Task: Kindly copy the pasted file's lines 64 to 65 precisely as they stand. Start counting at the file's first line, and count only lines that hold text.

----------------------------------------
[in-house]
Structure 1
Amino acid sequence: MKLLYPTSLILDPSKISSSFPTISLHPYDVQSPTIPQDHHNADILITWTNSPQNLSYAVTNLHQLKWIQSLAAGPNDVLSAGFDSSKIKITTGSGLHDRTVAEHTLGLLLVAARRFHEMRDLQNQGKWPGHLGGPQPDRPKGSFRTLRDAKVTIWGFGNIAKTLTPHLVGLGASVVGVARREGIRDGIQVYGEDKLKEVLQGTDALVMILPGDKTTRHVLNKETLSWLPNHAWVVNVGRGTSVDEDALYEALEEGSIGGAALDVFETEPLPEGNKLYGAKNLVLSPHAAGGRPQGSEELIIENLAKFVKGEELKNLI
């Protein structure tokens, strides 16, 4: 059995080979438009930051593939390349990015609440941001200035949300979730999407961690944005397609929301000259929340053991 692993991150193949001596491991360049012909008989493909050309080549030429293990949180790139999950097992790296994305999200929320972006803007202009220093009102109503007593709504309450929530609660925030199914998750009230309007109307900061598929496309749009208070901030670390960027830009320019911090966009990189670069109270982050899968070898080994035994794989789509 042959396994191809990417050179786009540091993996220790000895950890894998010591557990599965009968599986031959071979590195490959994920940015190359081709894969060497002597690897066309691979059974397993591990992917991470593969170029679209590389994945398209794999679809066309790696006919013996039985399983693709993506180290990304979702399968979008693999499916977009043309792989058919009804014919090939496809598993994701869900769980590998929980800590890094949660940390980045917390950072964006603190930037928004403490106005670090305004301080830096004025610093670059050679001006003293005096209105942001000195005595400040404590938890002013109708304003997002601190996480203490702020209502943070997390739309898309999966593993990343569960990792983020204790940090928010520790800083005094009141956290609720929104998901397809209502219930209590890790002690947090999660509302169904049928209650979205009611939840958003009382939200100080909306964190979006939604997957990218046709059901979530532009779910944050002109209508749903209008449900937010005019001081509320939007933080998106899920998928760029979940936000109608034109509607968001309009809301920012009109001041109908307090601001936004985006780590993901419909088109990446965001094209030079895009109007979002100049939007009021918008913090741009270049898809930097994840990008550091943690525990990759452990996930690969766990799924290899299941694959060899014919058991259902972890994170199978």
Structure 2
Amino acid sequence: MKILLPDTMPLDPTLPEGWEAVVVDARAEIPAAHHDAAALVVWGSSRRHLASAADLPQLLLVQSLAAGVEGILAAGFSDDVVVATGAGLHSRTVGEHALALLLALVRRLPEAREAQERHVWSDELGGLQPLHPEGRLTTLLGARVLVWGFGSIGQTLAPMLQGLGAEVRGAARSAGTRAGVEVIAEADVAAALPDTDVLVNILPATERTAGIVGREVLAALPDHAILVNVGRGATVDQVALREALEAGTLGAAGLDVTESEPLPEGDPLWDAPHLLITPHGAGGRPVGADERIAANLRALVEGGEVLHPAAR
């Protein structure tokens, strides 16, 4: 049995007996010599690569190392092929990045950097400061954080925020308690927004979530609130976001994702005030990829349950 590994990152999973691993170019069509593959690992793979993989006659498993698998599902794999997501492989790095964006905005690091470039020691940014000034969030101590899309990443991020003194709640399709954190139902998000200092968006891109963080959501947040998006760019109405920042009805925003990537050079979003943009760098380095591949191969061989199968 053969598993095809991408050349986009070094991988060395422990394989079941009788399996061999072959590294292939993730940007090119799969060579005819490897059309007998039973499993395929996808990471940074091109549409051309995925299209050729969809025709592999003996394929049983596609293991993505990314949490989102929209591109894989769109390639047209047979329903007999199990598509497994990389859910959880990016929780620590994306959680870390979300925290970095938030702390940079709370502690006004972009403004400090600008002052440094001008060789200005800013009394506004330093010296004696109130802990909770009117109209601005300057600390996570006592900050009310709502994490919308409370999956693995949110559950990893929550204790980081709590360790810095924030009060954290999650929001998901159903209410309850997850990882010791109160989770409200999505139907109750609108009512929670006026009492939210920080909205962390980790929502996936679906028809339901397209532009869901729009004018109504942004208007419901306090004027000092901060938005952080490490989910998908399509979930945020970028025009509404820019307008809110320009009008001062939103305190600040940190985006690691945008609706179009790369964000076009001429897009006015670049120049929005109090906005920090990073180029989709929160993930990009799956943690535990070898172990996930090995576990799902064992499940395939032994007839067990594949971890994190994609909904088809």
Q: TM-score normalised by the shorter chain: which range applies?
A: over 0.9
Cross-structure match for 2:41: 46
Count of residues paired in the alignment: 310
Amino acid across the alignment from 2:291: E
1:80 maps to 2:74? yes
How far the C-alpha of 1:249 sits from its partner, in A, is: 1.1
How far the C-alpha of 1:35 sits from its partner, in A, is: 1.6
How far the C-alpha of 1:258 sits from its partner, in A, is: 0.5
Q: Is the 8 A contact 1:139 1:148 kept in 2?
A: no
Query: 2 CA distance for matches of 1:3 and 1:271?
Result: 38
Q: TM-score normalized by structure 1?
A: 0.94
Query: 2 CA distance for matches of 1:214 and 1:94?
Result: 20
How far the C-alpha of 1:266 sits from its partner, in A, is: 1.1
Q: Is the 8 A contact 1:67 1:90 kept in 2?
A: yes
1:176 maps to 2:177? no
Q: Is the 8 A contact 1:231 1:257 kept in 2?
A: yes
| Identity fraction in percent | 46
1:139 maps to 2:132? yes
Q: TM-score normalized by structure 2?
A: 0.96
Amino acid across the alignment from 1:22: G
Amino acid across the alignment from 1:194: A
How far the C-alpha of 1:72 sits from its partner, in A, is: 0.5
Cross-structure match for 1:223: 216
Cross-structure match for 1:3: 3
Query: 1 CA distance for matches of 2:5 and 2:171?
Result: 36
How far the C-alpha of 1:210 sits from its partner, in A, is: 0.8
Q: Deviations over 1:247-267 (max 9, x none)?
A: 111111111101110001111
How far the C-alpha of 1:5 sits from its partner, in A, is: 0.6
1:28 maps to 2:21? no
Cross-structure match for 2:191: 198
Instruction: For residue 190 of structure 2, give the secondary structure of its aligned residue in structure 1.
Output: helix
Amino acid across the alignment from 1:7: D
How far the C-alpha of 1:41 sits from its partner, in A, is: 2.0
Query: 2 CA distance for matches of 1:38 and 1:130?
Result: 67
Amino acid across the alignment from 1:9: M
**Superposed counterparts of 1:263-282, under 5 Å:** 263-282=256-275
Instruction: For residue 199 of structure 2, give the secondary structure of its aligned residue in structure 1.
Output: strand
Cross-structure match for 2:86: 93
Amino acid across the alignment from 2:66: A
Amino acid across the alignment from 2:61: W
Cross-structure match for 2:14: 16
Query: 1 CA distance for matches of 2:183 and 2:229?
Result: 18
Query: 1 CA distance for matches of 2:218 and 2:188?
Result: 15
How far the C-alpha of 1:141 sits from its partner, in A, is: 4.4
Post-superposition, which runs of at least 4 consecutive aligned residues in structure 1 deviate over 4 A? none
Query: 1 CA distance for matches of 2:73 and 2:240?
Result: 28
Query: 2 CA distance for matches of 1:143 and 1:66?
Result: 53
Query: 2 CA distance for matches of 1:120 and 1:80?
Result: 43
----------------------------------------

Query: 1 CA distance for matches of 2:218 and 2:188?
Result: 15